Ancient Greek City-States .
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After the Greek dark ages, exciting things began to happen in ancient Greece. Villages started to band together to form strong trading centers. These groups of villages that banded together were called city-states. Soon, hundreds of city-states had formed in ancient Greece.
But if you asked an ancient Greek where he was from, he would not say, "I live in Greece." If he was from Sparta, he would say, "I am a Spartan." If he lived in Athens, he would say, "I am Athenian." The city-states might band together to fight a common foe. They also went to war with each other. Greece was not yet one country. Ancient Greece was a collection of Greek city-states.
The Greeks believed that each city-state in ancient Greece had a god or a goddess in charge of it, their special patron. For Athens, the patron was Athena, goddess of wisdom. Perhaps because Athena was their patron, Athenians put a great deal of emphasis on education.
In most of the other Greek city-states, the goal of education was to create a strong citizen of that city-state. InSparta, the goal of education was to create a strong warrior.
Although Corinth's schools were not as fine, perhaps, as those of Athens, their boys were educated in the arts and the sciences. As a child, kids were taught at home. From age 7-14, boys attended a nearby day school, where they studied poetry, drama, public speaking, accounting, reading, writing, math, science, and the flute. Boys attended a higher school if their parents could afford it. All boys went to military school for at least two years.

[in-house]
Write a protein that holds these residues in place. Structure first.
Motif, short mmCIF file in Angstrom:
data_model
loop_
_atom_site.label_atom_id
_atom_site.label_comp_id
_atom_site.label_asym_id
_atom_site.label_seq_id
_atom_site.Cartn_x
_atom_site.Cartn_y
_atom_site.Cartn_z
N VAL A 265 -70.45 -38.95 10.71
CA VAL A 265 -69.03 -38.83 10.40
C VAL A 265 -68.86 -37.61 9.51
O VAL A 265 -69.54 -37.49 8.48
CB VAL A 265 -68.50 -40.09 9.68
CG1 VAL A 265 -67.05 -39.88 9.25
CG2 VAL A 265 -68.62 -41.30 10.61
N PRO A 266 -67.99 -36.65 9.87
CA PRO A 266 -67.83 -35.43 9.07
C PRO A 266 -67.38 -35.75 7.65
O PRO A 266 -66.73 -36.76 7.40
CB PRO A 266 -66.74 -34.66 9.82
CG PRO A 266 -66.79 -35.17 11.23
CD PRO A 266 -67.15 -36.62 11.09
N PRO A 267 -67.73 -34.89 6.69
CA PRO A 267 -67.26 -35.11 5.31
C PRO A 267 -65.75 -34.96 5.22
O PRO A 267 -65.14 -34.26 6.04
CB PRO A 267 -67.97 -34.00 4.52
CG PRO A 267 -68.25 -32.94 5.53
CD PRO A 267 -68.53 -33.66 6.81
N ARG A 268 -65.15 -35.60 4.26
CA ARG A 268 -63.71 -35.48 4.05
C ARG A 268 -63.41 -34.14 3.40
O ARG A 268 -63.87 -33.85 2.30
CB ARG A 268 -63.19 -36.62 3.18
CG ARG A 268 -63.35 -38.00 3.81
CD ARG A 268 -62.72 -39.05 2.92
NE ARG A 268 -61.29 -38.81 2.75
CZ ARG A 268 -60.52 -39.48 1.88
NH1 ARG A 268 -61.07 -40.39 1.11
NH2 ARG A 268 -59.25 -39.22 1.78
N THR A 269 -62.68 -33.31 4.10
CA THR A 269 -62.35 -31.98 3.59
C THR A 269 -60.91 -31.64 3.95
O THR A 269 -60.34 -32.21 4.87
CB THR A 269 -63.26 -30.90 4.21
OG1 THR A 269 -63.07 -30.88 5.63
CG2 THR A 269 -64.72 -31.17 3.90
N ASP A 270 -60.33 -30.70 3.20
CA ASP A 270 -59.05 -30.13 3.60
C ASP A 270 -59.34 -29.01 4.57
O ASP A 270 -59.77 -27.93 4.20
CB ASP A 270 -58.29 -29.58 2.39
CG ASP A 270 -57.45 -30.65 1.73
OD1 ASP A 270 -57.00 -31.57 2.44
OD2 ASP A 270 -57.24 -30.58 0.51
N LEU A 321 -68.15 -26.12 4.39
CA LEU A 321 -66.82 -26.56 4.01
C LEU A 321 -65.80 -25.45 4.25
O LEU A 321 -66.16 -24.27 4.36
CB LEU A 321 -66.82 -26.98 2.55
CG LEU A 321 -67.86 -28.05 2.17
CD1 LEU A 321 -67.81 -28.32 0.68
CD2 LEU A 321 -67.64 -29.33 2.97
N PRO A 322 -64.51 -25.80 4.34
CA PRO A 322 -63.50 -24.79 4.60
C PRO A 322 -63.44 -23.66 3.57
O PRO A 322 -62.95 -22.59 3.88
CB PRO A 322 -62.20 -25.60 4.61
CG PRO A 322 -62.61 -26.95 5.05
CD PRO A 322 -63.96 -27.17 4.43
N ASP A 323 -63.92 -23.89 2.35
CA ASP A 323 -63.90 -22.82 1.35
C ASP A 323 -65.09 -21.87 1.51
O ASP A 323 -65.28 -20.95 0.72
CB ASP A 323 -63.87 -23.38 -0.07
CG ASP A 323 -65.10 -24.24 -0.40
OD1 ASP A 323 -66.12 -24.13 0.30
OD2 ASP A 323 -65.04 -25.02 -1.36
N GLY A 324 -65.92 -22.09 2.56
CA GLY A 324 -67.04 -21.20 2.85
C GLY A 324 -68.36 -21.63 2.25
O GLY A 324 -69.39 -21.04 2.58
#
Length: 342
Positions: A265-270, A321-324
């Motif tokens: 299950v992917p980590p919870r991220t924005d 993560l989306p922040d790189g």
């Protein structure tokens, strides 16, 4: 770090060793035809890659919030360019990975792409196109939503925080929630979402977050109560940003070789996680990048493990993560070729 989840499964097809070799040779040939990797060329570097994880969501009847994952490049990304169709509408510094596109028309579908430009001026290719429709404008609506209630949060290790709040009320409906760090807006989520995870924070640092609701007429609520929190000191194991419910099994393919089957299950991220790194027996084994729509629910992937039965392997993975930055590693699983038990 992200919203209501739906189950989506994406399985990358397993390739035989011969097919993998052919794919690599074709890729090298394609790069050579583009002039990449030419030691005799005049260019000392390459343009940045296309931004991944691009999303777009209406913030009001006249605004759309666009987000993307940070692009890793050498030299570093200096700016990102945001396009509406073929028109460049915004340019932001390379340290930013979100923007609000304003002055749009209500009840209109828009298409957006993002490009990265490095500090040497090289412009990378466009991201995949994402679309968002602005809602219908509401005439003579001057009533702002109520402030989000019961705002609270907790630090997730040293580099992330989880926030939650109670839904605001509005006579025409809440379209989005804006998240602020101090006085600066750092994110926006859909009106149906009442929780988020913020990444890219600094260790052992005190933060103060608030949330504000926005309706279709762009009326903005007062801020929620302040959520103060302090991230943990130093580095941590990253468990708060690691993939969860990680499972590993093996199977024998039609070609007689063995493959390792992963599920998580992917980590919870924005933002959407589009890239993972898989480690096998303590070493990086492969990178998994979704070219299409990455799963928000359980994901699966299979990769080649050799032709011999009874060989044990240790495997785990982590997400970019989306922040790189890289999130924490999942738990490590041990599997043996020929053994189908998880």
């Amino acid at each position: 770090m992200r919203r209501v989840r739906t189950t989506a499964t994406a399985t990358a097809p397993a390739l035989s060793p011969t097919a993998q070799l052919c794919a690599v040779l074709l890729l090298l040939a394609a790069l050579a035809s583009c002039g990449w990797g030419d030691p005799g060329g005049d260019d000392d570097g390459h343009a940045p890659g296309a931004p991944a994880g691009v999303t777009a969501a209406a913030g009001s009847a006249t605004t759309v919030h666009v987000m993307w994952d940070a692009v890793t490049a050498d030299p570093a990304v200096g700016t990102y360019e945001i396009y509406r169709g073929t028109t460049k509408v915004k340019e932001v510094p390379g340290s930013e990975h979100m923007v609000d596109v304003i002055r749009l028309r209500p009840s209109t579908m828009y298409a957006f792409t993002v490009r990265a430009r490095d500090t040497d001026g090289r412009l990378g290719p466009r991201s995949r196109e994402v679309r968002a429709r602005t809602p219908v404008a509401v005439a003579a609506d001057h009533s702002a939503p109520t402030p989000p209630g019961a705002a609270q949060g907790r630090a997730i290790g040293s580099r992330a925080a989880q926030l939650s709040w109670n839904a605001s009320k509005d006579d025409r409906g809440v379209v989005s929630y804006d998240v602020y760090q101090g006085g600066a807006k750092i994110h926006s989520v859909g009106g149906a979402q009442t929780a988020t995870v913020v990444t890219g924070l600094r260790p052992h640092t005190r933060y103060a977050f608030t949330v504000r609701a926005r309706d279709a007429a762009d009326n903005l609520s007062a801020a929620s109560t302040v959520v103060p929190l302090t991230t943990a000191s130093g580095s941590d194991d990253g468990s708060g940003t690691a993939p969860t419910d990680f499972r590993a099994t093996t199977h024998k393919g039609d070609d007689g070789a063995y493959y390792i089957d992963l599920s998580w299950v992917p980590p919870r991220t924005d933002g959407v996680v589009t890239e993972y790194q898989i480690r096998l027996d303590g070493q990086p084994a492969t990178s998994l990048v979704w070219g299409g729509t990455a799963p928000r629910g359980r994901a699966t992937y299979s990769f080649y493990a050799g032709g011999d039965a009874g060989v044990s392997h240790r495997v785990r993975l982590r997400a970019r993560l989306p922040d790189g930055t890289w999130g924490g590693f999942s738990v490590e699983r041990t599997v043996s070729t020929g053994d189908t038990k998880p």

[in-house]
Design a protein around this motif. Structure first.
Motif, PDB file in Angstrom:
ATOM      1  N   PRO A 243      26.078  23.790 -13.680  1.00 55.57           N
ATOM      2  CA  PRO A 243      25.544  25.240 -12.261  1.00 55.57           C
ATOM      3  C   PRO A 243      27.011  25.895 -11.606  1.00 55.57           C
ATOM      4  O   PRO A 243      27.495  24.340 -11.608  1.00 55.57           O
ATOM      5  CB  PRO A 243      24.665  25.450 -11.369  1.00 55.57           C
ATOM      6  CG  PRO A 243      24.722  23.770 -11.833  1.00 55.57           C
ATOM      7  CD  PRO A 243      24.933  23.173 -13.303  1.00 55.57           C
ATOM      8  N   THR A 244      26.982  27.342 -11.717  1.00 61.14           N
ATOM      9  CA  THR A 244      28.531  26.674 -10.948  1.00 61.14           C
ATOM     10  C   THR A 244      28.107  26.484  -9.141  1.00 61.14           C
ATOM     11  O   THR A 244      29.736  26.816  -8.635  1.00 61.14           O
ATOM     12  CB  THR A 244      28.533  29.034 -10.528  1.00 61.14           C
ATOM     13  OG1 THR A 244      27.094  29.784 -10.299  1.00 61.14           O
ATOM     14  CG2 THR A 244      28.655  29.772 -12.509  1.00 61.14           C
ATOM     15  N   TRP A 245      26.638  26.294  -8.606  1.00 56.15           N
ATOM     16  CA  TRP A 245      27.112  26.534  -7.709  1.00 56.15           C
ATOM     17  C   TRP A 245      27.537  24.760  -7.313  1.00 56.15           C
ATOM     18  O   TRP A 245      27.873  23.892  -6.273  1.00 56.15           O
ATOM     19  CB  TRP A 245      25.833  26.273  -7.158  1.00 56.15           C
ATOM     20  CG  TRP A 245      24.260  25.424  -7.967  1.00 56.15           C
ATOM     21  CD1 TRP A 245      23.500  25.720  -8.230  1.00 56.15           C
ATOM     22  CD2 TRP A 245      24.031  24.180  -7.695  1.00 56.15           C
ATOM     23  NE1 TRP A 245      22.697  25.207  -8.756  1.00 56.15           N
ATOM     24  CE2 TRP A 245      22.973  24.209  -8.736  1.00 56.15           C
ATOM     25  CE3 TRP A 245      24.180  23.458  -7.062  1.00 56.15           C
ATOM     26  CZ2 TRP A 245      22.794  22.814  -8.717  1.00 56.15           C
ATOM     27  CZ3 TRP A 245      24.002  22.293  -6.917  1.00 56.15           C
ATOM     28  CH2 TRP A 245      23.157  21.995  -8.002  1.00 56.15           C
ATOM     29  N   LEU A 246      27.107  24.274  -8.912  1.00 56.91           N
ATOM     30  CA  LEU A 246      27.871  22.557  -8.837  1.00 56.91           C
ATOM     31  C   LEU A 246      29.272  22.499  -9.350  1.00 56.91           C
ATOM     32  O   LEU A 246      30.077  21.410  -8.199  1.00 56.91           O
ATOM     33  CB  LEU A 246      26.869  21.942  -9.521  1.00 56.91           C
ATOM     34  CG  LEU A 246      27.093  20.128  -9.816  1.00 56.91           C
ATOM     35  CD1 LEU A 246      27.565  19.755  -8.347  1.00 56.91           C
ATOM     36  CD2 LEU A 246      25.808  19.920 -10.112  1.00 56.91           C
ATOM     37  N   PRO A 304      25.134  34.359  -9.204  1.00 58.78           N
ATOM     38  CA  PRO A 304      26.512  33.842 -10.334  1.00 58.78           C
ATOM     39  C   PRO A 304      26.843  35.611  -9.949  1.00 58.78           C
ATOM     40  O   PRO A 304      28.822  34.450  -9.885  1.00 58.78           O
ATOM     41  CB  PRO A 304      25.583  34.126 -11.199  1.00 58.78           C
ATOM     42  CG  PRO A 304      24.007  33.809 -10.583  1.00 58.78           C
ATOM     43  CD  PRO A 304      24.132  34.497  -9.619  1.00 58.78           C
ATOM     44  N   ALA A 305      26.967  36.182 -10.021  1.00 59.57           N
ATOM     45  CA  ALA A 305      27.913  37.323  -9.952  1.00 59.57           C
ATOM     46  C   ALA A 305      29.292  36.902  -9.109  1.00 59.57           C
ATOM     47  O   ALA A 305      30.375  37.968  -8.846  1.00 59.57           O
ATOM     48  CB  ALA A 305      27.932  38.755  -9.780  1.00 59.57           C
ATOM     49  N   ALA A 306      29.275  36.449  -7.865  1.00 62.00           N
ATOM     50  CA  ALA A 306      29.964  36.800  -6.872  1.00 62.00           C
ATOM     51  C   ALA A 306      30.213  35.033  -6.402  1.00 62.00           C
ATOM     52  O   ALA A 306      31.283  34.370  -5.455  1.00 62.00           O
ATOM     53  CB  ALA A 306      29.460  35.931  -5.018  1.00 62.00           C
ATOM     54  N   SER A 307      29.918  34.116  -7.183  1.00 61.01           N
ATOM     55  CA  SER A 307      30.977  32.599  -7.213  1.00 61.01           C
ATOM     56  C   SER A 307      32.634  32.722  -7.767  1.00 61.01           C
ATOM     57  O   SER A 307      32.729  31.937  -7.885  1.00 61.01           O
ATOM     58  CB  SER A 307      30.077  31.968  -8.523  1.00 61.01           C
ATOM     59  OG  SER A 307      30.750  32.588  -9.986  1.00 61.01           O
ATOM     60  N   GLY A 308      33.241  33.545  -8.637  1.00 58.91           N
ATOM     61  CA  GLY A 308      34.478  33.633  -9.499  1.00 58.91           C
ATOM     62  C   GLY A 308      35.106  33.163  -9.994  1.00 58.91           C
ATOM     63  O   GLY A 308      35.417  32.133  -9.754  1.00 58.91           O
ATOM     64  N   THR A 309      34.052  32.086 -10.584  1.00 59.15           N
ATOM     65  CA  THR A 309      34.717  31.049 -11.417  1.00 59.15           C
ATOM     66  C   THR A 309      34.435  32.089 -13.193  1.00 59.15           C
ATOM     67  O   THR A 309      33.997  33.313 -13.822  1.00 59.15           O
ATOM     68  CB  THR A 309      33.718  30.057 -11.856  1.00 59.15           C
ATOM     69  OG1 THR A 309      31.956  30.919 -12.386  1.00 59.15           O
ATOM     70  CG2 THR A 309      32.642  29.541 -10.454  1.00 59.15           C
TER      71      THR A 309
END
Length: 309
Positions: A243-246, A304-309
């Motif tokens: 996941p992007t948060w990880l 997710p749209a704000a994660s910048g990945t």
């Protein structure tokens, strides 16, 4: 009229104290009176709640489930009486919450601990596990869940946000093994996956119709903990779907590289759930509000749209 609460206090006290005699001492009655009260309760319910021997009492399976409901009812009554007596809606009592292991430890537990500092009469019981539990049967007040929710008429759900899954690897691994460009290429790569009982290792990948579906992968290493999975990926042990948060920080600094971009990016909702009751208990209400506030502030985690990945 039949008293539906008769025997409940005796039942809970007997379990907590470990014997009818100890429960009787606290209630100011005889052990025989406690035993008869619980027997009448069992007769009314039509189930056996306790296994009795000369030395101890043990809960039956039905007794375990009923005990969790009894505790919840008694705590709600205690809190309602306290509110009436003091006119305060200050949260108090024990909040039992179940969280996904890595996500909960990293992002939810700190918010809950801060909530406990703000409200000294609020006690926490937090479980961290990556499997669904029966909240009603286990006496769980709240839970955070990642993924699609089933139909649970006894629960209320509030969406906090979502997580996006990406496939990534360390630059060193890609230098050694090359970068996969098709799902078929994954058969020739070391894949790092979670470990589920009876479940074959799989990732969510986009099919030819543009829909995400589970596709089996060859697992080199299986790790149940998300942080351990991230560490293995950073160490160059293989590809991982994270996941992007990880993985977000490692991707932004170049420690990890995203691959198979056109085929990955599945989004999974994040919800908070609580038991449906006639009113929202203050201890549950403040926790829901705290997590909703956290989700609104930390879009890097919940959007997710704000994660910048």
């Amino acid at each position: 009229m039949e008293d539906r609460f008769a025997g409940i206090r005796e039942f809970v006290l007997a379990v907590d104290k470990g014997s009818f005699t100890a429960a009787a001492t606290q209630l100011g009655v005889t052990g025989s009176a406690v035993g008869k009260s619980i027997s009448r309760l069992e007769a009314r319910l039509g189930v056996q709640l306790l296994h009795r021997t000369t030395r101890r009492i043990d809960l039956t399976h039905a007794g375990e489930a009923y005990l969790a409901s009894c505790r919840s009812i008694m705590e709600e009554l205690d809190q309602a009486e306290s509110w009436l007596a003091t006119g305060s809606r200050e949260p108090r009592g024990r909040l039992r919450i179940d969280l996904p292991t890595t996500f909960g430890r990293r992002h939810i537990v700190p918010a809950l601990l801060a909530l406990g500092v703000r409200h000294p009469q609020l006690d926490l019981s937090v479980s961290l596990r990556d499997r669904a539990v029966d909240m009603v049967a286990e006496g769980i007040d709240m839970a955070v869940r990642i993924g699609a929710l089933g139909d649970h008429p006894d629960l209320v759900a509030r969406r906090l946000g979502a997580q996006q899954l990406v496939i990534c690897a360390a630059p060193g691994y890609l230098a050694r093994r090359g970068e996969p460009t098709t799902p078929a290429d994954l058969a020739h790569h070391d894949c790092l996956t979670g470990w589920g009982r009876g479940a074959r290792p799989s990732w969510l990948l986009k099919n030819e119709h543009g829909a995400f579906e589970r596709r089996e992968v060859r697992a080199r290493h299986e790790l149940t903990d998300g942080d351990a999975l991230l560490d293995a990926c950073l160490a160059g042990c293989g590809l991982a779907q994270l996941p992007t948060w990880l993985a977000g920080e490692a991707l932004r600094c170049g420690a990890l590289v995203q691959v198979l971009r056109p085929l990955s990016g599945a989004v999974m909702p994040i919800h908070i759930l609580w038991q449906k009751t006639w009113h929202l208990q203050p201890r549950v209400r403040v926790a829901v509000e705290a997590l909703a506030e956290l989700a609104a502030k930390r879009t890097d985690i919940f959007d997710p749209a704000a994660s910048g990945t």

Like Athens, Megara offered its citizens a great deal of freedom. Like nearly all Greek city-states, Megara had beautiful temples, gorgeous statues, and open-air theatres. They were famous for their glorious textiles, which were the envy of other Greek city-states.
Argos was actively involved in the arts. Their magnificent stone sculptures of athletes, rippling with stone muscles, were the envy of many a Greek city-state. Argos was famous for their wonderful musicians and poets. Drama reached new heights in their polis (city-state).
Like all Greek city-states,
they had their own way of
doing things. Their government
was a monarchy - Argos was
ruled by a king.
When Athens and Sparta asked Argos to send supplies and troops to help fight the Persians, after the battle of Thermopylae in 480 BCE, the king of Argos refused. The other Greek city-states held Argos in disgrace for that decision for many years thereafter.